Absinthe In Context
” Absinthe is not like the other spirits … True absinthe is pastoral. It’s crafted by distillers who take pride in their work. It doesn’t yield to fads, fashions, and buzz. And although it demands a proper process, it rewards with an experience that can’t be replaced by glitz and glam …”
I’ve spent the better part of the day thinking this one over and here’s what I’ve come up with:
Absinthe is not like the other spirits.
It’s true, one can simply grab a bottle of the nearest absinthe (or absinthe knock off) and take large hobo-esque swigs out of the bottle. It’s also true that one can light an alcohol-soaked sugar cube on fire, dump it into a glass of high proof alcohol and—before starting a conflagration that would rival the Chicago fire—attempt to douse it with the appropriate amount of water. Hell, it’s also true that one can make a terribly bitter spirit, label it as “absinthe”, and sell it with the above serving suggestions. But just because it’s true, doesn’t make it right or safe or even legal. But enough of the lesson in morality. We’re here to discuss real absinthe consumption.
True absinthe is pastoral. It’s crafted by distillers who take pride in their work. It doesn’t yield to fads, fashions, and buzz. And although it demands a proper process, it rewards with an experience that can’t be replaced by glitz and glam.
Absinthe is something to be seduced and savored. The drinker consumes not only the absinthe but the surroundings. The cafe, the bar, the room, or wherever else they may be. The conversation flows, the images are recorded in memory, the absinthe is slowly drunk.
All too often we place the emphasis on the result and forget entirely about the method. This, I think, is why many are led astray by the lies told about thujone and hallucinations, etc. So, when someone starts their voyage with absinthe they tend to easily be confused by the clouds of obfuscation that are conjured by those selling snake oil. The snake oil peddlers understand that the best method of getting new converts is to provide a cool methodology, a feeling of edgy rebellion, and–above all–something that’ll “take them higher”.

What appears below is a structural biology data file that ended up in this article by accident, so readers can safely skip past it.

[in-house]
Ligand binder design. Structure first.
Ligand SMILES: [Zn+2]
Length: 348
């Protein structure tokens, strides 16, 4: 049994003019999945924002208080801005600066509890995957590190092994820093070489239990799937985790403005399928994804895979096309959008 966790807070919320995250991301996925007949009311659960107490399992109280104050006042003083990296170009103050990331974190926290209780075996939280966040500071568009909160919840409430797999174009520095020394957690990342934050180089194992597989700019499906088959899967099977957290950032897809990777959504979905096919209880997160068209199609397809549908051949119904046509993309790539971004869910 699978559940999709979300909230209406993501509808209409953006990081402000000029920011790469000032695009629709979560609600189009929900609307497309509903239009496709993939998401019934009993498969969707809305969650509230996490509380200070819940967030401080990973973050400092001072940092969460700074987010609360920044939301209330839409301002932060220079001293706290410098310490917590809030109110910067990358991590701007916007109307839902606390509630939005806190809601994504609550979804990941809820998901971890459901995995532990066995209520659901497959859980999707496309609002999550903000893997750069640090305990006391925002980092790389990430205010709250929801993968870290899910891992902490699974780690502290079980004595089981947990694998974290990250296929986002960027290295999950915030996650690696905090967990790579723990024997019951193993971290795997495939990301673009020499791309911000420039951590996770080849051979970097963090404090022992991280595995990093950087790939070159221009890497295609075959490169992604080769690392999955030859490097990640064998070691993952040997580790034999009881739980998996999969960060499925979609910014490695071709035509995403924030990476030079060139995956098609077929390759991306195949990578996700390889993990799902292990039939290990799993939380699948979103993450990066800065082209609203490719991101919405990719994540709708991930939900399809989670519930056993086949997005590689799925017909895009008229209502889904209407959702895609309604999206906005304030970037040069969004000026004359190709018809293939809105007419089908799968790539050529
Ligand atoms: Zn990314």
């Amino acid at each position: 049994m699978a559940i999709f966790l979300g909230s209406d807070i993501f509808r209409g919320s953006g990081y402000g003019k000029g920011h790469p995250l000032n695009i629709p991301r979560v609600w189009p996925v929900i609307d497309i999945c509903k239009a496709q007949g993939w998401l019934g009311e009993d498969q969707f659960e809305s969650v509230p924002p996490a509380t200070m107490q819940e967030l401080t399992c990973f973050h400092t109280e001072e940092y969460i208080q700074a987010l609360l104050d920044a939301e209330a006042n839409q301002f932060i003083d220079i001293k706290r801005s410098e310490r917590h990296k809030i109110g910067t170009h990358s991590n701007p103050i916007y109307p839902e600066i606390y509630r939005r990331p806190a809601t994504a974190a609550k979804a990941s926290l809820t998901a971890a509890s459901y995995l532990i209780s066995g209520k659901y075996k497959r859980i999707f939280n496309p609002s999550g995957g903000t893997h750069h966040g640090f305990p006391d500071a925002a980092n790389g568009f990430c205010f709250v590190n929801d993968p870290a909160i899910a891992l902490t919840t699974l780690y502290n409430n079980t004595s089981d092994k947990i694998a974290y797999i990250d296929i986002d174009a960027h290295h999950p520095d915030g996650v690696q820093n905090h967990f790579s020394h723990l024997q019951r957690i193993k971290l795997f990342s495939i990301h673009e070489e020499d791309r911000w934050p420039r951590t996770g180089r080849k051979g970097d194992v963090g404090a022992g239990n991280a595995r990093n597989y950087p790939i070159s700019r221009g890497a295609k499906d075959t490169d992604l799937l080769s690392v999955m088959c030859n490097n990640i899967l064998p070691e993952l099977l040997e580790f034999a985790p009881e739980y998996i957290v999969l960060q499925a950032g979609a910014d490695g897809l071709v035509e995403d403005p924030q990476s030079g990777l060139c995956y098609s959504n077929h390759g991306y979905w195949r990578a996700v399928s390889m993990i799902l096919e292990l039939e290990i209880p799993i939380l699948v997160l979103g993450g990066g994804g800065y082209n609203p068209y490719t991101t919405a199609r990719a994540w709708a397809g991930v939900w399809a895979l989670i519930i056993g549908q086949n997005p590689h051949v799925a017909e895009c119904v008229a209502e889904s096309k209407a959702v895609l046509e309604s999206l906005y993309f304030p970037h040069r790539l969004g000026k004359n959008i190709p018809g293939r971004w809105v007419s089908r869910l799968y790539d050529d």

But the true absinthe experience lies in complete opposition to this.
True, there still remains a ritual in preparation. But this ritual has a practical purpose and is more than meaningless theater. The process is fairly simple: slowly drip ice cold water into a glass containing absinthe. Sugar and an absinthe spoon are optional. If you use sugar: drip the water over the sugar (held above the glass by means of an absinthe spoon) until desired ratio of water/absinthe is reached.
Now, for the absinthe drinker the experience is two-fold: absinthe preparation and absinthe consumption.
Granted, most of the time is spent in preparation but this only enhances the drinker’s intimacy with the drink and creates a hedonistic pleasure about everything that absinthe gives you. While absinthe is being prepared, the drinker is left with time on their hands. Look for a moment: during preparation, the room fills with the bouquet of absinthe and as the point of consumption draws near the absinthe slowly changes from green to creamy white, assuring the drinker that all is now ready. Simply put, proper absinthe preparation is hedonism at its best.
Then the moment arrives.
The drinker has a glass of absinthe prepared and waiting for consumption. But he simply doesn’t gulp her down in perverse swigs. Absinthe is something to be seduced and savored. The drinker consumes not only the absinthe but the surroundings. The cafe, the bar, the room, or wherever else they may be. The conversation flows, the images are recorded in memory, the absinthe is slowly drunk. This is important because as the drinker consumes both the world and the drink; both work in tandem on the drinker. As the drink enters the drinker’s system the experience becomes transcendental. Conversation is not simply conversation. Life is not simply Life. But all is lived. Conversation is lived, life is lived, love is lived.
All of this from simply slowing down. Respecting a drink. And, most importantly, living a life lived.
Reproduced by permission of the author. Originally published at absinthedrinkers.org .